When you think of the most typical "American" food one of the first things that will generally pop into your head is hot dogs and hamburgers. It really doesn't get more much American than a good old Oscar Myer Weiner.

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Japanese are known for having an affinity and curiosity for everything American.  Naturally, it wouldn't be long before they would take the most quintessentially American food item - the hot dog,  and cover it in the most Japanese things possible, like ramen noodles. Some call it sacrilege, I call it inspiring.

About two months ago, circulating on the streets of Montreal was word of Japanese-born fast food spot HOTTO DOGGU setting up shop downtown.  I originally wrote about the opening when the news first came out.

Today, I decided the time had come to try this bubbly Japanese spot myself, so I headed down to Saint-Catherine Street with an open mind and an empty stomach.

Considering it was Monday afternoon and I was still recovering from a Saturday evening which involved a few too many,  the idea of eating a sandwich constructed of mostly carbs sounded like pure heaven to me.

I wandered into HOTTO DOGGU at around 1PM, while the street was buzzing with downtown foot traffic, the restaurant itself was relatively quiet, especially for lunchtime.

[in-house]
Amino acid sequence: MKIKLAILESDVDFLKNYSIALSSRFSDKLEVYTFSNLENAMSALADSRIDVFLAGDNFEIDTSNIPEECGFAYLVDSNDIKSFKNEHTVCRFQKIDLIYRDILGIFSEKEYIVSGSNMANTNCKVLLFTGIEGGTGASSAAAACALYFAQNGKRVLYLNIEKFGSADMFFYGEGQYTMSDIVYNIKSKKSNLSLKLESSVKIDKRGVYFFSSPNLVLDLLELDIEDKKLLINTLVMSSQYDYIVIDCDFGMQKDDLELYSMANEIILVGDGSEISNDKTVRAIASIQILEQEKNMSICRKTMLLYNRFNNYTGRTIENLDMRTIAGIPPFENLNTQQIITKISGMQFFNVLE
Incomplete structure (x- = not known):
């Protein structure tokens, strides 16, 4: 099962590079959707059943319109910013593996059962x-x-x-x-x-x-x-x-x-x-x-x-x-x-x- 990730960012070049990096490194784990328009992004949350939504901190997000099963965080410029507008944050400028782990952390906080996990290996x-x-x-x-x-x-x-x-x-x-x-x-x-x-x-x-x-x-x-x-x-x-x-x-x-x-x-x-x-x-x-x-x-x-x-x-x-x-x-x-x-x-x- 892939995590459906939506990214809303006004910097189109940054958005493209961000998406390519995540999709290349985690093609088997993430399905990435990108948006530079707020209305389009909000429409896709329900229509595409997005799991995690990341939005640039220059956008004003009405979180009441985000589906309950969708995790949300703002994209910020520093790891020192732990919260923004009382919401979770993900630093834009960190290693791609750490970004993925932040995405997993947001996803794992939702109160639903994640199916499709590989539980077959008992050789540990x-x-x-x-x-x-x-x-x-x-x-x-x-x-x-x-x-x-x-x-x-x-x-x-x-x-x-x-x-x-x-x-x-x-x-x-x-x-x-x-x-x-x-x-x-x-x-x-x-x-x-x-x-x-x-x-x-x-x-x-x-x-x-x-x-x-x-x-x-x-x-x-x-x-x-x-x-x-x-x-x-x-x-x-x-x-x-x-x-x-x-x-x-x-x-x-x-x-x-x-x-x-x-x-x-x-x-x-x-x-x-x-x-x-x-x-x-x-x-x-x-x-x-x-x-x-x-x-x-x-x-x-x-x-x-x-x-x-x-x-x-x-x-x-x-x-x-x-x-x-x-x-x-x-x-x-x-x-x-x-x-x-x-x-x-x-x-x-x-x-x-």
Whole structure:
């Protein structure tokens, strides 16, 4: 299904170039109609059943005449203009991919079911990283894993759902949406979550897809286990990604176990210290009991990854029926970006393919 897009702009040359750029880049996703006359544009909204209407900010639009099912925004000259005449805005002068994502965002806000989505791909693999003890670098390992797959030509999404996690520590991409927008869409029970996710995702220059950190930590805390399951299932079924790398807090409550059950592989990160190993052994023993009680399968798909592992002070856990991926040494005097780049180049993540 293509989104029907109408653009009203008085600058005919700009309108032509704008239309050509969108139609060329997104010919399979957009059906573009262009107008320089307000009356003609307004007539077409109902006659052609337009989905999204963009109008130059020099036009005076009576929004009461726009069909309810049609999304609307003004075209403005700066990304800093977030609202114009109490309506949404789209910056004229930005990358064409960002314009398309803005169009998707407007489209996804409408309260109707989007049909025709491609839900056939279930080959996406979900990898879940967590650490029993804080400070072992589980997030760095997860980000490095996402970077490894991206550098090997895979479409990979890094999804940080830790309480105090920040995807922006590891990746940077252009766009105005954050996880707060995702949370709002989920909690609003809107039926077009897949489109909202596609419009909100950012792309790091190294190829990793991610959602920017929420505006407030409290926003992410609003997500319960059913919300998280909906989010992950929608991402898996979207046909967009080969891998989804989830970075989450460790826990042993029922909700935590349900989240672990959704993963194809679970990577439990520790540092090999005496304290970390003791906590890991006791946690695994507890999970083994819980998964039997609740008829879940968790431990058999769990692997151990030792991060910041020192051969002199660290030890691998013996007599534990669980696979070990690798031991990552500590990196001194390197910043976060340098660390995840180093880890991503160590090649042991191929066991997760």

The attendant at the counter greeted me with a friendly smile when I told her it was my first visit. She then showed me a menu of all the items available and pointed out the best sellers.

I already had my mind set on the ramen hot dog and ordered it as a trio - comes with a fry and canned drink - and it came out to a reasonable $10.

Now, let's get to the good stuff.

The ramen hot dog - which can be ordered spicy or not - looks amazing. It seems very unique, decadent, and ultra-photogenic in a brightly colored street-food style basket and bubbly logo adorned wax paper.

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The taste, however, was on the disappointing side.  While I love the concept of blending street food from the east and west, the final results were relatively bland.  Maybe the results would have been different if I had ordered the spicy version? Who knows.

That being said, considering the concept is intended to be "fast food" style, and this sandwich took all of 3 minutes to come out of the kitchen, the time to quality ratio seemed pretty reasonable.

The hot dog tasted like your standard Oscar Myer frankfurter just a little bit larger in size.  And the ramen itself was well cooked, but the seasoning lacked a punch that you generally hope to get out of Japanese food.

The side of thinly sliced spiralized fries covered in Japanese mayo was actually quite good, albeit a bit cold. But sadly, after eating the hot dog, I didn't have much appetite left for the generous portion of mayo-covered potatoes.

In the end, I would still recommend that you visit HOTTO DOGGU at least once, if only for the novelty of the experience. The concept and food items are unique for Montrealers, so it's definitely a fun thing to do.  Despite the novelty,  this is spot probably won't make the cut for your weekly restaurant rotation.

Check out HOTTO DOGGUs Facebook page HERE for all the info!

 

 

 

 

 

 

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